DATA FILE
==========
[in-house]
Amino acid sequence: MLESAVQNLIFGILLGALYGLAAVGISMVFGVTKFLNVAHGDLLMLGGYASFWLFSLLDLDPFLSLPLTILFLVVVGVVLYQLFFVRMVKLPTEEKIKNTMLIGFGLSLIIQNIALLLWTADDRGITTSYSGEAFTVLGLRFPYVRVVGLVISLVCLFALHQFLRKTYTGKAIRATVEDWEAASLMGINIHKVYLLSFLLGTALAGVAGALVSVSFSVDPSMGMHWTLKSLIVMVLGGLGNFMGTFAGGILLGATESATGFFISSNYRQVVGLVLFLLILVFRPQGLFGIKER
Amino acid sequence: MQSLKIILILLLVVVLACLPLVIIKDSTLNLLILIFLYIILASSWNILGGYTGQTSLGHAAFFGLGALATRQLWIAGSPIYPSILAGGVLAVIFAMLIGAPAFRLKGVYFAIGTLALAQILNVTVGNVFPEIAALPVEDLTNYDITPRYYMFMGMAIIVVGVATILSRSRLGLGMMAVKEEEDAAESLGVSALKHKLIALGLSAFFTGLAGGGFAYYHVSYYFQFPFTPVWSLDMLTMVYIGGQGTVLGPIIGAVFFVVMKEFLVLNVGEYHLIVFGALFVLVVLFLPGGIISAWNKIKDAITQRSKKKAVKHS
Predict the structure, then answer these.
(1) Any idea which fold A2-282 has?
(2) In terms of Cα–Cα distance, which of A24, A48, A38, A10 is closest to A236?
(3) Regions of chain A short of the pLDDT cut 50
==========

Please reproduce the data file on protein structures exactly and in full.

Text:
[in-house]
Amino acid sequence: MLESAVQNLIFGILLGALYGLAAVGISMVFGVTKFLNVAHGDLLMLGGYASFWLFSLLDLDPFLSLPLTILFLVVVGVVLYQLFFVRMVKLPTEEKIKNTMLIGFGLSLIIQNIALLLWTADDRGITTSYSGEAFTVLGLRFPYVRVVGLVISLVCLFALHQFLRKTYTGKAIRATVEDWEAASLMGINIHKVYLLSFLLGTALAGVAGALVSVSFSVDPSMGMHWTLKSLIVMVLGGLGNFMGTFAGGILLGATESATGFFISSNYRQVVGLVLFLLILVFRPQGLFGIKER
Amino acid sequence: MQSLKIILILLLVVVLACLPLVIIKDSTLNLLILIFLYIILASSWNILGGYTGQTSLGHAAFFGLGALATRQLWIAGSPIYPSILAGGVLAVIFAMLIGAPAFRLKGVYFAIGTLALAQILNVTVGNVFPEIAALPVEDLTNYDITPRYYMFMGMAIIVVGVATILSRSRLGLGMMAVKEEEDAAESLGVSALKHKLIALGLSAFFTGLAGGGFAYYHVSYYFQFPFTPVWSLDMLTMVYIGGQGTVLGPIIGAVFFVVMKEFLVLNVGEYHLIVFGALFVLVVLFLPGGIISAWNKIKDAITQRSKKKAVKHS
Predict the structure, then answer these.
(1) Any idea which fold A2-282 has?
(2) In terms of Cα–Cα distance, which of A24, A48, A38, A10 is closest to A236?
(3) Regions of chain A short of the pLDDT cut 50